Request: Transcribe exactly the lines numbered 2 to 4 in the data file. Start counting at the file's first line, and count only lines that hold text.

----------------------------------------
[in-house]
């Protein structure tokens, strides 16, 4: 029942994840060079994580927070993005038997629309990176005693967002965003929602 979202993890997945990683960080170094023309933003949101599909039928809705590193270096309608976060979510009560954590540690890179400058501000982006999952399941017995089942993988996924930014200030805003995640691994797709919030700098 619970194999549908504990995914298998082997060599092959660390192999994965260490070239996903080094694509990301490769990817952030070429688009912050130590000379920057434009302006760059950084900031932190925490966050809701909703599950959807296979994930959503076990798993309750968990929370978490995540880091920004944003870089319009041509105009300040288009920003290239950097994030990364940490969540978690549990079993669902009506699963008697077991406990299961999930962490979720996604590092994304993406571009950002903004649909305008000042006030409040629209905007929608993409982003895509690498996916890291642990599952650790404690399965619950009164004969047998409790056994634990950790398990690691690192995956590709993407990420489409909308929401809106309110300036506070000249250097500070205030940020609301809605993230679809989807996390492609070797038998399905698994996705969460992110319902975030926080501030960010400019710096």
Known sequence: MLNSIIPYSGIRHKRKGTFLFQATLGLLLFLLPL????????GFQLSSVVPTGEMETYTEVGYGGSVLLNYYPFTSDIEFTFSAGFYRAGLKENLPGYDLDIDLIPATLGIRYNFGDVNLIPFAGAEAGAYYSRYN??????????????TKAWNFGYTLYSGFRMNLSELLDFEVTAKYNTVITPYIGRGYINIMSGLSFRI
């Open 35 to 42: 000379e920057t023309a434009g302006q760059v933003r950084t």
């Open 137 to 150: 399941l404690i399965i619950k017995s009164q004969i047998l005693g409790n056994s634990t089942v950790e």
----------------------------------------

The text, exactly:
């Protein structure tokens, strides 16, 4: 029942994840060079994580927070993005038997629309990176005693967002965003929602 979202993890997945990683960080170094023309933003949101599909039928809705590193270096309608976060979510009560954590540690890179400058501000982006999952399941017995089942993988996924930014200030805003995640691994797709919030700098 619970194999549908504990995914298998082997060599092959660390192999994965260490070239996903080094694509990301490769990817952030070429688009912050130590000379920057434009302006760059950084900031932190925490966050809701909703599950959807296979994930959503076990798993309750968990929370978490995540880091920004944003870089319009041509105009300040288009920003290239950097994030990364940490969540978690549990079993669902009506699963008697077991406990299961999930962490979720996604590092994304993406571009950002903004649909305008000042006030409040629209905007929608993409982003895509690498996916890291642990599952650790404690399965619950009164004969047998409790056994634990950790398990690691690192995956590709993407990420489409909308929401809106309110300036506070000249250097500070205030940020609301809605993230679809989807996390492609070797038998399905698994996705969460992110319902975030926080501030960010400019710096």
Known sequence: MLNSIIPYSGIRHKRKGTFLFQATLGLLLFLLPL????????GFQLSSVVPTGEMETYTEVGYGGSVLLNYYPFTSDIEFTFSAGFYRAGLKENLPGYDLDIDLIPATLGIRYNFGDVNLIPFAGAEAGAYYSRYN??????????????TKAWNFGYTLYSGFRMNLSELLDFEVTAKYNTVITPYIGRGYINIMSGLSFRI
């Open 35 to 42: 000379e920057t023309a434009g302006q760059v933003r950084t």